uncontrollably. His mouth was open, either in pain or because he also couldn’t control the motion. And then it stopped and he seemed to lose strength in his body, much like people with seizures sometimes lose strength or control in parts of their body.
Yesterday was a shit day, to put it bluntly. Most of you know that one of my leopard geckos has been suffering from an eye infection for a long time (the better part of three years, if not longer). He’s been to the veterinarian so many times since I moved to Gainesville that almost everyone at the office knows me, if not by name, then at least by face or through Noodles. A couple weeks ago, things took a turn for the semi-worst and he had to have his eye removed. The surgery seemed to make things better. The scar was healing well enough, the bad eye was gone, and he started becoming a little more active after he went off the pain meds.
Then things went south, and fast. Earlier in the week, he had several muscle tremors — tail twitches and lower body convulsions. I took him to the vet, they weren’t sure what was going on because he didn’t display the twitching there, and I went home with the order to watch for more activity and to record everything if I could. Then on Friday (yesterday) morning, he had a massive seizure (or something that looked like it). His tail and head went back and forth
The event made clear to me that he wasn’t going to make it. Late Friday morning, after my vet had looked him over and come to the same teary-eyed conclusion, I had Noodles put to rest.
Needless to say, Friday was one of the worst days I’ve ever had. I’ve been through so much with Noodles. I don’t care that he’s “just a lizard.” He was one of the best damned lizards to ever live. I’ve had him since he was a little tyke and everyone who knew him thought he was the cutest, sweetest little lizard they ever knew. I’ve spent several hundred dollars on medications, thousands on medical bills, and hours and hours of my time. I’ve put off vacations. I haven’t seen most of my family in two years, because I always needed someone who could administer his medications (sometimes as many as five medications at once).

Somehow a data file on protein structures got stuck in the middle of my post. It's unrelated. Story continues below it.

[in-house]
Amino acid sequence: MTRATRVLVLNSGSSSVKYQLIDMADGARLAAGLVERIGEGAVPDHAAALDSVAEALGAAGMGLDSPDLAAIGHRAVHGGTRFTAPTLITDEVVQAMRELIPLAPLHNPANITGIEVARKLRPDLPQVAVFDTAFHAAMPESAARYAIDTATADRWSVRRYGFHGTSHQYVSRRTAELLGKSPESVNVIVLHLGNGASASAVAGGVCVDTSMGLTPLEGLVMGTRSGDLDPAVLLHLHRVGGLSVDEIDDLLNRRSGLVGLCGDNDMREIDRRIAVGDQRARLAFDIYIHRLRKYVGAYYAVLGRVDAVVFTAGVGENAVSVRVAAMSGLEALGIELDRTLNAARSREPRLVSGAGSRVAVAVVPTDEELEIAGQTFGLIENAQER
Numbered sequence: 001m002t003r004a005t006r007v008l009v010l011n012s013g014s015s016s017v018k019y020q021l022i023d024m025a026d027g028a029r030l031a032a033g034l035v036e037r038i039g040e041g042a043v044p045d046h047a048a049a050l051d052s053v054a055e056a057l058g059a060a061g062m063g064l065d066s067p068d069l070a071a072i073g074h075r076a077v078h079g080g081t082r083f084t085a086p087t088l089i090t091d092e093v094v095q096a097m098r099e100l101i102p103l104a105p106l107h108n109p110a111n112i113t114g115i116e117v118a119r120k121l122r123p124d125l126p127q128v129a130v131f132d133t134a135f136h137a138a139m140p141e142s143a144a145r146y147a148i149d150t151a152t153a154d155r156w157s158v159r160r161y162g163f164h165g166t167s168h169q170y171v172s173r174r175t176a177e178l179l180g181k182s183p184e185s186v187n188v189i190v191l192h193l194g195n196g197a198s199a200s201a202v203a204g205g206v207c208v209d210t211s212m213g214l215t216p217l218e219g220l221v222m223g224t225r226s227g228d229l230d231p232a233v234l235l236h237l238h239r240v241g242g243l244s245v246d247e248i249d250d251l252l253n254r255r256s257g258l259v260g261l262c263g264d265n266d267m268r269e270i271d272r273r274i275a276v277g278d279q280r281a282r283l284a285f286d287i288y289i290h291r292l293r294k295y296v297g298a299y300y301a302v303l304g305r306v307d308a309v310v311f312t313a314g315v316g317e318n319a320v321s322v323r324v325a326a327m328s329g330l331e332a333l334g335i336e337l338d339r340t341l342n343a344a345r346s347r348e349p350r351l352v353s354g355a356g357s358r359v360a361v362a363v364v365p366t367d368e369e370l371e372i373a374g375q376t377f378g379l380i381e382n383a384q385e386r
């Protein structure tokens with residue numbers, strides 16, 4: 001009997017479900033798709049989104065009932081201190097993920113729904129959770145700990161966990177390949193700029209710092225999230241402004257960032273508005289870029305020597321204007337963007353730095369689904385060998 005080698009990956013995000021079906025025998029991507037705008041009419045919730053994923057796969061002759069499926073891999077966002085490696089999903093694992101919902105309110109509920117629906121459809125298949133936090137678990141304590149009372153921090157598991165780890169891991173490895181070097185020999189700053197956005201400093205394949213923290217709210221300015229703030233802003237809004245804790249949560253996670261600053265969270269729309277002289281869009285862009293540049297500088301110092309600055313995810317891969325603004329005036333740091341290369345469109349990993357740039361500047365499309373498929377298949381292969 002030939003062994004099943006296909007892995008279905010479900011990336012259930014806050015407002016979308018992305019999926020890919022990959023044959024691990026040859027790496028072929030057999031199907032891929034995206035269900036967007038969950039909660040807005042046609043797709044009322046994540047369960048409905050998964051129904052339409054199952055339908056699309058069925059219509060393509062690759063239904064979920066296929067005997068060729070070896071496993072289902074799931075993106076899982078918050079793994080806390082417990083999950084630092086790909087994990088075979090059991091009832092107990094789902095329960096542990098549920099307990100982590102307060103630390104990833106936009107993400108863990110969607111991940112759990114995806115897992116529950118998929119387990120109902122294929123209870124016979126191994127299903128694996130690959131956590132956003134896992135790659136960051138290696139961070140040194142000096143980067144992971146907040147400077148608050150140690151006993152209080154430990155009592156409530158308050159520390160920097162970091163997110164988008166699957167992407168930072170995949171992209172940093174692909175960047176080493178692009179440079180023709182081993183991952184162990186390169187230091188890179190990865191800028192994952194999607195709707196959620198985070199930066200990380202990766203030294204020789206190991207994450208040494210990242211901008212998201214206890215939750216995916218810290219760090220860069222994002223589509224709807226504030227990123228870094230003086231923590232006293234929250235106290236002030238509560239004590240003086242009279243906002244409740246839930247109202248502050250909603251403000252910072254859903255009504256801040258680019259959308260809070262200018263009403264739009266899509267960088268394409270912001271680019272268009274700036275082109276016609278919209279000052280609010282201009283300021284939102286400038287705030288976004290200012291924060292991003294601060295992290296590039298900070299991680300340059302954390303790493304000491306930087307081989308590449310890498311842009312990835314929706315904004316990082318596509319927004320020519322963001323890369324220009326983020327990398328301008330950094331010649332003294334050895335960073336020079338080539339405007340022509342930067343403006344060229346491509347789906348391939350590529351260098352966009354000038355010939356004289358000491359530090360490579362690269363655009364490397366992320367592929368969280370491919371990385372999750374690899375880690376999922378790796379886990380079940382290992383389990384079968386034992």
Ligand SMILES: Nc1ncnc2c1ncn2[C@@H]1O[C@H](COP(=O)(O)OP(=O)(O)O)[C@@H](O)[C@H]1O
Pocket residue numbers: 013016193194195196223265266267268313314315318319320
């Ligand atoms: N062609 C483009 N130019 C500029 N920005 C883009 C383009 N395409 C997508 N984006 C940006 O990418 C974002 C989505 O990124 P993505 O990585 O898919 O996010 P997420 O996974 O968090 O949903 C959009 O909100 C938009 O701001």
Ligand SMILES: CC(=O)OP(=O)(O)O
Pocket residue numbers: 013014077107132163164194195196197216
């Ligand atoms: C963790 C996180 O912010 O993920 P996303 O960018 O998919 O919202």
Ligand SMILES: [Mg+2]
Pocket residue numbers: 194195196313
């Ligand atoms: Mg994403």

And after all of that, it doesn’t seem fair that he couldn’t have five more years of healthy life. He never did anything wrong. He was sweet and wonderful and the best anyone could ask for in a lizard. And he went through hell with eye infections and medications and me poking and prodding to get him to take meds and food and what not.
I think it’s all really hitting me now because I’ve lost so many leopard geckos in the last two years: Little Buddy, Angel, Sweetie, Taj, Herbert, and now Noodles. Six leopard geckos. Six friends. And worst of all, six the sweetest little geckos I’ve known, most of them I raised either from the egg or from a few months after hatching. It’s not easy being so involved in a pet’s life and then losing them. And it’s not easy losing Noodles, because he’s the only gecko I still have with me who has been with me since I began keeping lizards in my house. My mother begged me to keep Mellie with her in Oregon (my first leopard gecko) and she also stole my bearded dragon (I say that jokingly, because really Che Che has the best life a beardie could ask for, since my mother and her partner have built him a personal garden).
And, of course, I’ve just been through so much with Noodles. He was a great lizard and a great friend. Now he’s gone…
In case you all want to know what he looked like, here you go (after the fold):